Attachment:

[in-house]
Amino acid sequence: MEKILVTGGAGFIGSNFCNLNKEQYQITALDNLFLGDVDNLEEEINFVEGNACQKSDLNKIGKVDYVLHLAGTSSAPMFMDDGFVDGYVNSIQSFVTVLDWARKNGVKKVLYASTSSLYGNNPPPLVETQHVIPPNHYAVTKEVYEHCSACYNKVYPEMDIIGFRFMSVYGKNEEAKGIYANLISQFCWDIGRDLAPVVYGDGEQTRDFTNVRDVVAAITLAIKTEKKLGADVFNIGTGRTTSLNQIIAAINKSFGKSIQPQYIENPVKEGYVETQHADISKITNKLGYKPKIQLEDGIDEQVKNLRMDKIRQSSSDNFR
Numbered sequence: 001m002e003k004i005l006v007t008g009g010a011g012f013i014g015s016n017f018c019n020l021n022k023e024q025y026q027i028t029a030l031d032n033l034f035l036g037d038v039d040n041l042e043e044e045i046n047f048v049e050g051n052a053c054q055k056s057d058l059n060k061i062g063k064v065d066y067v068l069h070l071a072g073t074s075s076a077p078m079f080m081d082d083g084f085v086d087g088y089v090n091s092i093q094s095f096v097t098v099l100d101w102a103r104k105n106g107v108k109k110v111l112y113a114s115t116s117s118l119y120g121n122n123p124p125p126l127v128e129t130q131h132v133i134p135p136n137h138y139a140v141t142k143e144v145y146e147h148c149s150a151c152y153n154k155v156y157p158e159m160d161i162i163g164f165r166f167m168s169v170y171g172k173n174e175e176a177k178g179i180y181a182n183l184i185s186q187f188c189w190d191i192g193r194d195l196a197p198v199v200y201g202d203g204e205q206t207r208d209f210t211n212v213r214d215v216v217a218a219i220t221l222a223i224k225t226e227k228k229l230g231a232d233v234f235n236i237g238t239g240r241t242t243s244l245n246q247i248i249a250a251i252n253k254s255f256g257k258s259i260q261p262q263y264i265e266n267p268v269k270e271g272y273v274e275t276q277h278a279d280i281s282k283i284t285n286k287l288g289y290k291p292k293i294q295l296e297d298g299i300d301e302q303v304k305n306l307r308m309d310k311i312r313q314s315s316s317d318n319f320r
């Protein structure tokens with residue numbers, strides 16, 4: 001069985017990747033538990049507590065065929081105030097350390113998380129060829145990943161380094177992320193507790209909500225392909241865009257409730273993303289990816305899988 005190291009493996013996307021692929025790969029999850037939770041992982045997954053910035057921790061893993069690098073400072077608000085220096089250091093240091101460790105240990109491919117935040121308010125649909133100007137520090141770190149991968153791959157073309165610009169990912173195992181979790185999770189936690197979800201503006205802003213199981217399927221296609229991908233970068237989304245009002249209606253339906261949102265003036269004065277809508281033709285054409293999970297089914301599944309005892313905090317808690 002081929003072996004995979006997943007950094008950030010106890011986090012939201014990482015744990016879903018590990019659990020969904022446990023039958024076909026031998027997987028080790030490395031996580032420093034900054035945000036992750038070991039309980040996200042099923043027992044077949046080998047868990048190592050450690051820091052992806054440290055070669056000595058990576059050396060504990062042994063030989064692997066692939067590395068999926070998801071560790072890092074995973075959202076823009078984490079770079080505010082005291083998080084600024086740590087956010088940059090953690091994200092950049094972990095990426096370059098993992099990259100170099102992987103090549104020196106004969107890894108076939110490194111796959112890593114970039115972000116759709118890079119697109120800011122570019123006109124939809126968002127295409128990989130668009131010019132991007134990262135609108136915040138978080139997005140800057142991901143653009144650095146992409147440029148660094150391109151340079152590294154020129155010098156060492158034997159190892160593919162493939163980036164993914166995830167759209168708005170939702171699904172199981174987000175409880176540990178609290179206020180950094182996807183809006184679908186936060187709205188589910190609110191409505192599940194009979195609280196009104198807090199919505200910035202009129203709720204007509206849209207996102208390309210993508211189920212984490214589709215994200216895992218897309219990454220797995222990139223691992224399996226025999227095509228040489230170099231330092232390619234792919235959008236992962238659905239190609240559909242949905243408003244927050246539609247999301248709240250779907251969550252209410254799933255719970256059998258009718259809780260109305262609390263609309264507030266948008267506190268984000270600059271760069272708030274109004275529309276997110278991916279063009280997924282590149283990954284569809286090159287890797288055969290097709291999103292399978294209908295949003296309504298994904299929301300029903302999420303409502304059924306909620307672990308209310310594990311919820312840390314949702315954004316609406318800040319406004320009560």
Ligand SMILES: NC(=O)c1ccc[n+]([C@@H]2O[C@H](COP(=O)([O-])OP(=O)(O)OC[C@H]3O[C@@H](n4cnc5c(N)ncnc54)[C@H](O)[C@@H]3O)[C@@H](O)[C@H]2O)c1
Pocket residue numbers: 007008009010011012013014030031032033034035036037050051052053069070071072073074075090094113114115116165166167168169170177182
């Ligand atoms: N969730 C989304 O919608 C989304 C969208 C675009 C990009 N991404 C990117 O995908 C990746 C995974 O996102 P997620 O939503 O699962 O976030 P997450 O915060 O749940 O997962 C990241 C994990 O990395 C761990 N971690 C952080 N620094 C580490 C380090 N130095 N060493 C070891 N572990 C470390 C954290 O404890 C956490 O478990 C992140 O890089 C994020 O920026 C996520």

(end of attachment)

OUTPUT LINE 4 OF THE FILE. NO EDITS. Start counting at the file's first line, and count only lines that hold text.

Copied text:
């Protein structure tokens with residue numbers, strides 16, 4: 001069985017990747033538990049507590065065929081105030097350390113998380129060829145990943161380094177992320193507790209909500225392909241865009257409730273993303289990816305899988 005190291009493996013996307021692929025790969029999850037939770041992982045997954053910035057921790061893993069690098073400072077608000085220096089250091093240091101460790105240990109491919117935040121308010125649909133100007137520090141770190149991968153791959157073309165610009169990912173195992181979790185999770189936690197979800201503006205802003213199981217399927221296609229991908233970068237989304245009002249209606253339906261949102265003036269004065277809508281033709285054409293999970297089914301599944309005892313905090317808690 002081929003072996004995979006997943007950094008950030010106890011986090012939201014990482015744990016879903018590990019659990020969904022446990023039958024076909026031998027997987028080790030490395031996580032420093034900054035945000036992750038070991039309980040996200042099923043027992044077949046080998047868990048190592050450690051820091052992806054440290055070669056000595058990576059050396060504990062042994063030989064692997066692939067590395068999926070998801071560790072890092074995973075959202076823009078984490079770079080505010082005291083998080084600024086740590087956010088940059090953690091994200092950049094972990095990426096370059098993992099990259100170099102992987103090549104020196106004969107890894108076939110490194111796959112890593114970039115972000116759709118890079119697109120800011122570019123006109124939809126968002127295409128990989130668009131010019132991007134990262135609108136915040138978080139997005140800057142991901143653009144650095146992409147440029148660094150391109151340079152590294154020129155010098156060492158034997159190892160593919162493939163980036164993914166995830167759209168708005170939702171699904172199981174987000175409880176540990178609290179206020180950094182996807183809006184679908186936060187709205188589910190609110191409505192599940194009979195609280196009104198807090199919505200910035202009129203709720204007509206849209207996102208390309210993508211189920212984490214589709215994200216895992218897309219990454220797995222990139223691992224399996226025999227095509228040489230170099231330092232390619234792919235959008236992962238659905239190609240559909242949905243408003244927050246539609247999301248709240250779907251969550252209410254799933255719970256059998258009718259809780260109305262609390263609309264507030266948008267506190268984000270600059271760069272708030274109004275529309276997110278991916279063009280997924282590149283990954284569809286090159287890797288055969290097709291999103292399978294209908295949003296309504298994904299929301300029903302999420303409502304059924306909620307672990308209310310594990311919820312840390314949702315954004316609406318800040319406004320009560």